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Prime Minister's Office

A new fishmarket in Hull

    November 9 2001

    Opening of a new fishmarket in Hull

    Ladies and Gentlemen:
    It is interesting to visit Humberside and see the enormous advances that have been made here. The main cities here are certainly a model for others to follow. Beautiful places that clearly show the ambition that residents and community leaders have vested in them. I am grateful and delighted to be able to see these great changes for myself.

    Trading with fish from the high northern seas is nothing new here in the United Kingdom. For centuries, fish has been caught there and brought to Britain to be processed and sold. Iceland's history is closely linked to the fish trade with Britain. English fishermen began plying the waters off Iceland at the beginning of the fifteenth century and their influence in Iceland was so widespread that we actually call the fifteenth century in Iceland "the English Age." For us in Iceland, the English Age was a favourable one in many respects, because of the lucrative trade in fish and provisions that it brought. In fact, the English were not the only people fishing off Iceland then, they were competing with German merchants from the Hanseatic League and with the Danes, and Iceland certainly gained from that competition. It was just as true then as now, that competition benefits everyone. But the establishment of the Danish monopoly at the beginning of the seventeenth century deprived the Icelanders of the benefits of this trade, although it is known that many people defied the monopoly and secretly did business with the English, to make their lives a little easier.

    Despite the ban on trading, English ships continued to fish off the coast of Iceland and land their catches here. So it was only natural, when Iceland launched its own large-scale fishing operations, that the UK would become our main market region for both frozen and fresh fish. During the Second World War, Iceland exported up to 140,000 tonnes a year of fresh fish to the UK, and both our nations greatly benefited from this trade. This trade diminished when we were involved in disputes over fishing rights off Iceland, and almost came to a standstill in the nineteen-sixties and seventies. Under such conditions, it was only natural and perfectly understandable that Iceland was not held in particularly high regard here. Although our fresh fish trade hardly seems likely to return to the peak volumes seen during the war years, it is quite considerable now. In recent years Iceland has generally exported more than 20 thousand tonnes of fresh fish to the UK and over the past three years some 9 to 11 thousand tonnes have been shipped here to Hull for processing.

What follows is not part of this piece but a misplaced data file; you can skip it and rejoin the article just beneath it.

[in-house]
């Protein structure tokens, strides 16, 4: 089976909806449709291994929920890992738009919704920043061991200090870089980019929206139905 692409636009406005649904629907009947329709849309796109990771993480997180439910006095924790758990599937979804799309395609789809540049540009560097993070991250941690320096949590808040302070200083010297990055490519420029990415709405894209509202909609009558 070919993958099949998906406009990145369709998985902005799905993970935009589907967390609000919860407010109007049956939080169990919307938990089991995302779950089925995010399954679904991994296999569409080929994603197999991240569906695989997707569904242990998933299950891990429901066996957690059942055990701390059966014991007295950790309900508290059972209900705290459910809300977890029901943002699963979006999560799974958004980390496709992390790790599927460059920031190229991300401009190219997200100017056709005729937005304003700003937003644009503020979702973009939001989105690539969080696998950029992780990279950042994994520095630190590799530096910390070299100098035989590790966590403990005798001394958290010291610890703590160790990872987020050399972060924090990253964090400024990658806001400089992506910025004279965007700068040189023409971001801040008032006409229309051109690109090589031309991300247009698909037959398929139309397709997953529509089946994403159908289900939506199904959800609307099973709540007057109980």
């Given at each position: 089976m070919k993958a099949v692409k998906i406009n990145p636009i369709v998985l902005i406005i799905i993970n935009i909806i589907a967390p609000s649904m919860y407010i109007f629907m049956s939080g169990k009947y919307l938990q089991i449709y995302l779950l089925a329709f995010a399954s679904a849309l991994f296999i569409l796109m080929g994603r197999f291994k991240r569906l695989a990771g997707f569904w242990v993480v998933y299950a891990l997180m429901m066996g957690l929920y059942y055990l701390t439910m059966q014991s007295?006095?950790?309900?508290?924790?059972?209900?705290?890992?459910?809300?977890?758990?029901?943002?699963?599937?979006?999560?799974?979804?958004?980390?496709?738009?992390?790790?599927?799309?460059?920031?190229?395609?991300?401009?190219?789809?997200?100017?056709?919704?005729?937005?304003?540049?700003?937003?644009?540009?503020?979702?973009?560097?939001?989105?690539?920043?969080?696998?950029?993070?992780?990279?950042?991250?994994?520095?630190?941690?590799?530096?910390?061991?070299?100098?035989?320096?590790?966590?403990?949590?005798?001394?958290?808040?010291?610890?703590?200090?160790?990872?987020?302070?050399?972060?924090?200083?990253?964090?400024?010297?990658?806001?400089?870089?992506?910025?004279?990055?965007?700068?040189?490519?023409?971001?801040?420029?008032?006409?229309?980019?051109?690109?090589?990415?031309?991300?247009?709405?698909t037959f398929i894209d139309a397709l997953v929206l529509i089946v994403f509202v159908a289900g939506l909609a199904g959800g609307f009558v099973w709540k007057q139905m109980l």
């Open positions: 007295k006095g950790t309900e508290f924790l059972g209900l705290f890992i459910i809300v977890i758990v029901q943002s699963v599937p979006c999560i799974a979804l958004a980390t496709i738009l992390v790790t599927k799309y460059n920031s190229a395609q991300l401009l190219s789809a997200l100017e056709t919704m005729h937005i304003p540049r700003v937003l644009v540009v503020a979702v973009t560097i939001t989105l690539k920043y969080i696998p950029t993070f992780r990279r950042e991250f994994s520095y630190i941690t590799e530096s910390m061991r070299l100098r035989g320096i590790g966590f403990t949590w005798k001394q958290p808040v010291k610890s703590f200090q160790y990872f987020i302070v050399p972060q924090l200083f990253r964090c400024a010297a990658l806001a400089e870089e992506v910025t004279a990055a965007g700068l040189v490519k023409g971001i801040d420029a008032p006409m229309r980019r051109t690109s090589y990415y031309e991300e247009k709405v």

The new and impressive auction market which will formally open now will undoubtedly boost Hull's potential for competing for fish, including catches from Iceland. Tough as the rivalry over fish from Icelandic waters may have been over the almost six hundred years that have passed since the English first started fishing there, it is even tougher now – although the ways in which we challenge each other have of course changed somewhat over the centuries. Fish is sold to the places where it fetches the highest price, and market know-how and prompt service are crucial. Modern business practices apply to fish sales just like any other branch of commerce, and we take electronic trading with fish just as much for granted today as we do the fish markets themselves.

    Ladies and Gentlemen:
    The business world is becoming continually more intricate and globalisation presents new and exciting opportunities. When Iceland started trading trade with Britain it left a deep imprint on our history, the English Age certainly deserved its name. The age we live in today is truly the age of globalisation. International trade is easier now than ever before and the potential gains are greater than anyone could ever have dreamt of. Cooperation and competition are two sides of the same coin. It is a sign of the times that the fish market formally opening here in Hull is jointly owned by Britons and Icelanders, with a Faroese managing director at the helm. Partnerships between companies, stretching across borders and built on knowledge and specialisation, are more likely to create prosperity and possibilities than when we all shut ourselves away in our respective corners.

    I would like to express my best wishes and congratulations to Hull fish market on its new market hall and facilities. Hopefully they will benefit buyers and sellers alike, and thereby consumers. Better raw material and sophisticated processing create quality products, and this new market will undoubtedly help to bring consumers fine fish, from Iceland and elsewhere, even more effectively than was possible before.

    Ladies and Gentlemen:
    I hereby declare the Hull Fish Market – Fishgate – formally open. May you enjoy all good fortune and success in your work.

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